- The Washington Times - Friday, January 19, 2007

RALEIGH, N.C. — Jeff Schultz was practicing with his Hershey Bears teammates Wednesday when he got “the call.”

When defenseman Mike Green took a shot off his foot Tuesday night in Ottawa, it left the Washington Capitals down a man and created an opportunity for Schultz.

“Right around noon they pulled me off the ice and told me that I was catching a flight to Raleigh and that I would be meeting the team down there,” Schultz said. “I was next on the list to be called up. I think it shows that management has a lot of confidence in me that I can play here.”

It was the third time this season Schultz, a 6-foot-6, 224-pound defenseman from Calgary, Alberta, was told to report to the big league team, but meeting up with his teammates was still an adventure.

Schultz drove from Hershey, Pa., to Dulles International Airport, but the afternoon traffic proved problematic and he missed his scheduled flight. Instead of getting to Raleigh, N.C., at 7:30 p.m. Wednesday, Schultz arrived at around 9 p.m.

There can be other logistical issues for minor league call-ups like how many clothes to pack and where to stay. This time the schedule dictated that Schultz could pack light.

“The All-Star Break is next week so I only packed for three or four days because I figure I will be going back down [to Hershey] for that week,” Schultz said. “Then I guess we’ll see how these guys are recovering from their injuries — who knows if I will be back up or not.”

The Caps house their call-ups in a hotel near Verizon Center. Schultz said he has stayed there only one night because of the team’s travel schedule, but Lawrence Nycholat, who was recalled from Hershey on Dec. 23, has logged plenty of time there.

Schultz did not appear in a game the first time he was called up Dec. 2 and was sent back a day later. The Caps recalled him 19 days later and the 20-year old received his first NHL action. He played in four games without registering a point before returning to Hershey.

“He’s a young first-round pick who is a steady player and he’s going to have a really good career,” Caps coach Glen Hanlon said. “We all know this is a tough league to learn on the job. It was the same thing with Greenie [Mike Green] last year.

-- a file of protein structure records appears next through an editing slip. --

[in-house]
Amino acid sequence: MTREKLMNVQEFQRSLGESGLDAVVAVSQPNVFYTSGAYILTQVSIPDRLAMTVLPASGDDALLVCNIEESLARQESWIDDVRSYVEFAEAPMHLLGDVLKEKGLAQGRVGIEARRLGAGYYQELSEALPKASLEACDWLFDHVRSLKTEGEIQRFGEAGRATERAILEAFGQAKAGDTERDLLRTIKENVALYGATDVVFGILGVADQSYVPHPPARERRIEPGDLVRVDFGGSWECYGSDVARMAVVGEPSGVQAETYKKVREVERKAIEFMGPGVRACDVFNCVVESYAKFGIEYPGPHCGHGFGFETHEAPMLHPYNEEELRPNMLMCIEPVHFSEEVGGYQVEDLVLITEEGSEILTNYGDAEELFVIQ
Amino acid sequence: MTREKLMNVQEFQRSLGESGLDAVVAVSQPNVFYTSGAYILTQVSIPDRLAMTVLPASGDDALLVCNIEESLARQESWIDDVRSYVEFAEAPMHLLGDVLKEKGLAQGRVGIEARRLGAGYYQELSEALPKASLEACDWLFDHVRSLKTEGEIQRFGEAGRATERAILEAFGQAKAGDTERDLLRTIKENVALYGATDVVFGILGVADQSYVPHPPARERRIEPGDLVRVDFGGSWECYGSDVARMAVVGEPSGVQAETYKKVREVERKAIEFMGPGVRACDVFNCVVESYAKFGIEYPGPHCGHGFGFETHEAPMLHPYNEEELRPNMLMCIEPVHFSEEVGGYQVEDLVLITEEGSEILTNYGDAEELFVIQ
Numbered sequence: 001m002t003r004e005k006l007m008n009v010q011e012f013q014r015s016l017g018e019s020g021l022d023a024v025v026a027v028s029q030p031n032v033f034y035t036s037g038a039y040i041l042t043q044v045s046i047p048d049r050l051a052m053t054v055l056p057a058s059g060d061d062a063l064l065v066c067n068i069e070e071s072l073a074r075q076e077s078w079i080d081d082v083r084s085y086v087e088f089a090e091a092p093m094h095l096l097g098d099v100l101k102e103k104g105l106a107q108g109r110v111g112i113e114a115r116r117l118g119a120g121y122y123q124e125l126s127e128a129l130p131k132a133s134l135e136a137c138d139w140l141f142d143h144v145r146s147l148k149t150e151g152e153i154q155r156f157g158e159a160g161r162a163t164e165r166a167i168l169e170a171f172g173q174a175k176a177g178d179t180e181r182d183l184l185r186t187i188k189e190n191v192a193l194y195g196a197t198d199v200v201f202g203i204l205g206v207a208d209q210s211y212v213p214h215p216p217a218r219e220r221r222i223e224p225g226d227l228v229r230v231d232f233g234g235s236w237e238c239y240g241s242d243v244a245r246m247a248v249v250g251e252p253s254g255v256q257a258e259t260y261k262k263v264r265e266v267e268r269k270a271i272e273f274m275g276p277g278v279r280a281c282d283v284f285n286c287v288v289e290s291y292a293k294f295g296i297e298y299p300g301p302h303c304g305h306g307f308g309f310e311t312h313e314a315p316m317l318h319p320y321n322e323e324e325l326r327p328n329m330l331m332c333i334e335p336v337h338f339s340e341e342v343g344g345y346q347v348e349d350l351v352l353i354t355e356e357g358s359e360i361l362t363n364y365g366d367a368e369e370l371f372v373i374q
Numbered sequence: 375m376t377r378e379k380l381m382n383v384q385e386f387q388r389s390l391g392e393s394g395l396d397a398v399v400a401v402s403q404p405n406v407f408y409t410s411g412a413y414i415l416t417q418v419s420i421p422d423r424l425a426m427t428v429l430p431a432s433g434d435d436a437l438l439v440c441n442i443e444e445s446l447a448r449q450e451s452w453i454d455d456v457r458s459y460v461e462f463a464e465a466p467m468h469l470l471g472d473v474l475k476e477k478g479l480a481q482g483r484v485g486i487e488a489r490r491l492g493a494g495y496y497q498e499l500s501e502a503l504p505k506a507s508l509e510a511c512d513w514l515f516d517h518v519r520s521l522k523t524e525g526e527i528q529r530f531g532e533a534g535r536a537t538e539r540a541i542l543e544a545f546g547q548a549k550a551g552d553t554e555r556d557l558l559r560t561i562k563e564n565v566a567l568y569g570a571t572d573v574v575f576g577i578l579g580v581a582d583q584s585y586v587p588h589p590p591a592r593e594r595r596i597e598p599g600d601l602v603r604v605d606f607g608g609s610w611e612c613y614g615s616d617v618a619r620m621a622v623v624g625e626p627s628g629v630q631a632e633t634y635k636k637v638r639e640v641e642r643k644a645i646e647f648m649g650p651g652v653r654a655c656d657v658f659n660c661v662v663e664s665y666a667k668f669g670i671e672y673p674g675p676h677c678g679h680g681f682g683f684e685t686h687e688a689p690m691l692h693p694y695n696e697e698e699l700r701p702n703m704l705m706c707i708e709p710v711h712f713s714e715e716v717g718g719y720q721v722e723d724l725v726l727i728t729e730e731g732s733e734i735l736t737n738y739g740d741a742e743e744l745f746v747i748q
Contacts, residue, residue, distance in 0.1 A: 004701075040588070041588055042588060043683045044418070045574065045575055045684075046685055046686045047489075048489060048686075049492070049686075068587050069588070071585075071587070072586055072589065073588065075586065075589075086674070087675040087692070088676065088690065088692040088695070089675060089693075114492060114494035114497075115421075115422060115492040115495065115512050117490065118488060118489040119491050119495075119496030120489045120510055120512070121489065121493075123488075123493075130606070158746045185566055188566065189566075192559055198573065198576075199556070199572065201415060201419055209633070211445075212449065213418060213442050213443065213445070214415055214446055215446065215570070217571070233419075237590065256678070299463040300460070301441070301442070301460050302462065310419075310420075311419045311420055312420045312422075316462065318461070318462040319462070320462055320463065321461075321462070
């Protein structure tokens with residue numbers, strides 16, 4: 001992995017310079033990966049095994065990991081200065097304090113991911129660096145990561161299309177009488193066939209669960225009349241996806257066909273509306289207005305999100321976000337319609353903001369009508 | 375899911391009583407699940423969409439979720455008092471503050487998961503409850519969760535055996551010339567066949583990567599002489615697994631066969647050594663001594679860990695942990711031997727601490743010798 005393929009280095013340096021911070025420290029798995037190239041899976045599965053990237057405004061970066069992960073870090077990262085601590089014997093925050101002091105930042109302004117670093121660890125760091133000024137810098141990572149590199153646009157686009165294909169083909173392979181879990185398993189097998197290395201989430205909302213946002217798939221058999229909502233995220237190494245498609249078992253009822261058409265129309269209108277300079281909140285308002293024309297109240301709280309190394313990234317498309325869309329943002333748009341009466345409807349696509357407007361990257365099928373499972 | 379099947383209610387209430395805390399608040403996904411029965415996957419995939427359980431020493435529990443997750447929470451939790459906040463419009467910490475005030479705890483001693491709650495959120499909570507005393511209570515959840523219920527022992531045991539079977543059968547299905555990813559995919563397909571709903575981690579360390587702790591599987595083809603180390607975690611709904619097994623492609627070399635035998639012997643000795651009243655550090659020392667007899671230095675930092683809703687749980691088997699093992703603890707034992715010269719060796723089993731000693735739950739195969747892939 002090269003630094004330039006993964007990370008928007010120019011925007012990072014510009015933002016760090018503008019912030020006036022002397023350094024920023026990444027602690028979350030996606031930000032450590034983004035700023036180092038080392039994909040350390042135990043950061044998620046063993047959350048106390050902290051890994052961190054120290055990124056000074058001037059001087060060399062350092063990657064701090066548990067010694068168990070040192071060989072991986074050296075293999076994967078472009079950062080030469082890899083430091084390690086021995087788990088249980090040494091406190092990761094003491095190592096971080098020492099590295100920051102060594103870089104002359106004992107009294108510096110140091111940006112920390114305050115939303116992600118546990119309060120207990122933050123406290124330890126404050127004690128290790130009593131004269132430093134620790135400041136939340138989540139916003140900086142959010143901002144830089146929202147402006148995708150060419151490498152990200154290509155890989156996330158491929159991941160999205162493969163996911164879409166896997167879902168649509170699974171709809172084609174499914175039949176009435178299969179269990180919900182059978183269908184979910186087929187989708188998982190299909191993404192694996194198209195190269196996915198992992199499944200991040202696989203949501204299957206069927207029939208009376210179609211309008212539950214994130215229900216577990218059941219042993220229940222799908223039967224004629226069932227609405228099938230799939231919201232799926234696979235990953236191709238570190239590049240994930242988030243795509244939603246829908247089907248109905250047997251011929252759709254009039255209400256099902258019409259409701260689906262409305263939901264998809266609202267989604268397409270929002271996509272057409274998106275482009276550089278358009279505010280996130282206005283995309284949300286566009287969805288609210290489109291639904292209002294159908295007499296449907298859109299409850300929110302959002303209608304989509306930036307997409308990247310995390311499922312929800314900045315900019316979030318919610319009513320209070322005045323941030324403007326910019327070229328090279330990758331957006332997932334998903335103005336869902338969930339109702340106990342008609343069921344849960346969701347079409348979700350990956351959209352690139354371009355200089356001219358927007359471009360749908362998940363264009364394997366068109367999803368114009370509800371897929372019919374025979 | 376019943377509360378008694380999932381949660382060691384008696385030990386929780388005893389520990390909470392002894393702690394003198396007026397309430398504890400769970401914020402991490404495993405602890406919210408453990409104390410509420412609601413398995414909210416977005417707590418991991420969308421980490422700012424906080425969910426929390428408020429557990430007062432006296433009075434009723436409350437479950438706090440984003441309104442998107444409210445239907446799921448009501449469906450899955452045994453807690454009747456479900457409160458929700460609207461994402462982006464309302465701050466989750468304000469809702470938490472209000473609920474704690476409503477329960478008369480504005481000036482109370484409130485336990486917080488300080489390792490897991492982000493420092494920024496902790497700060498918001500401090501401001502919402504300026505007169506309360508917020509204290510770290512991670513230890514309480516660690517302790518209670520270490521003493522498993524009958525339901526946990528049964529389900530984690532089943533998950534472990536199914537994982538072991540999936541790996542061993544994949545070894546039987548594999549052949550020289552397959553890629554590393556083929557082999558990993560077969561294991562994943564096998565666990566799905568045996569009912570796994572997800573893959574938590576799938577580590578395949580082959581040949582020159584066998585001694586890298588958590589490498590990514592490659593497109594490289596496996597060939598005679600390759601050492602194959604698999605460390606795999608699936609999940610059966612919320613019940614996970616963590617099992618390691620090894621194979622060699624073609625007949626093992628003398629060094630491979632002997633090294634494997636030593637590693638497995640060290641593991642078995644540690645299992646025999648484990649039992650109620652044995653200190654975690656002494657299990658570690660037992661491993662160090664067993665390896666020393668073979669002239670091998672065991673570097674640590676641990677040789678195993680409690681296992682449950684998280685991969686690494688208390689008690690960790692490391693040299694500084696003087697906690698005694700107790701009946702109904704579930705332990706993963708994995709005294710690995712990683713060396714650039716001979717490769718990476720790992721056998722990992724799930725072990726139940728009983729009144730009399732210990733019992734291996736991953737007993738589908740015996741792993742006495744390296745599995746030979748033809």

“Can we expect ‘the Sarge’ to come in here and be a top-2 defenseman? I don’t think it is fair to expect that. We saw some good things with him and some things that when he left to continue to work on and he has. We are excited about his progress.”

Schultz was the Caps’ second of three first-round picks in the 2004 draft. Washington selected Alex Ovechkin No. 1 overall and then used No. 27 (acquired from Boston for Sergei Gonchar) to pick Schultz and No. 29 (acquired from Detroit for Robert Lang) to take Green.

This is Schultz’s first full season as a professional. He joined Hershey during the AHL playoffs last season after completing his junior career with the Calgary Hitmen of the Western Hockey League. He has one goal and five assists in 33 games for the Bears.

“It has been a learning experience,” Schultz said. “It is my first year pro, just living by myself and having to fend for myself, there have been some ups and downs. It started off a little slower than I wanted, but it has picked up.”

Schultz acquitted himself pretty well Thursday night in his return to NHL action. He logged nearly 19 minutes and didn’t look out of place. He blocked a team-high three shots and attempted one shot — a hard wrist shot from the point that bounced off Carolina goalie John Grahame and led to a pair of rebound opportunities for Ben Clymer.

He spent 3:04 on the ice with a man down and the Caps’ penalty killing units played well against the offensive-minded Hurricanes. Schultz’s biggest test of the night was a shift early in the second period that lasted almost three full minutes because of an icing call and the Caps’ inability to clear the puck.

“I thought ‘Sarge’ Schultz had a good game,” Hanlon said afterward. “Sometimes you are not as critical with first-year players when they get called up, but you look for the positives. I thought he did a lot of things well.”

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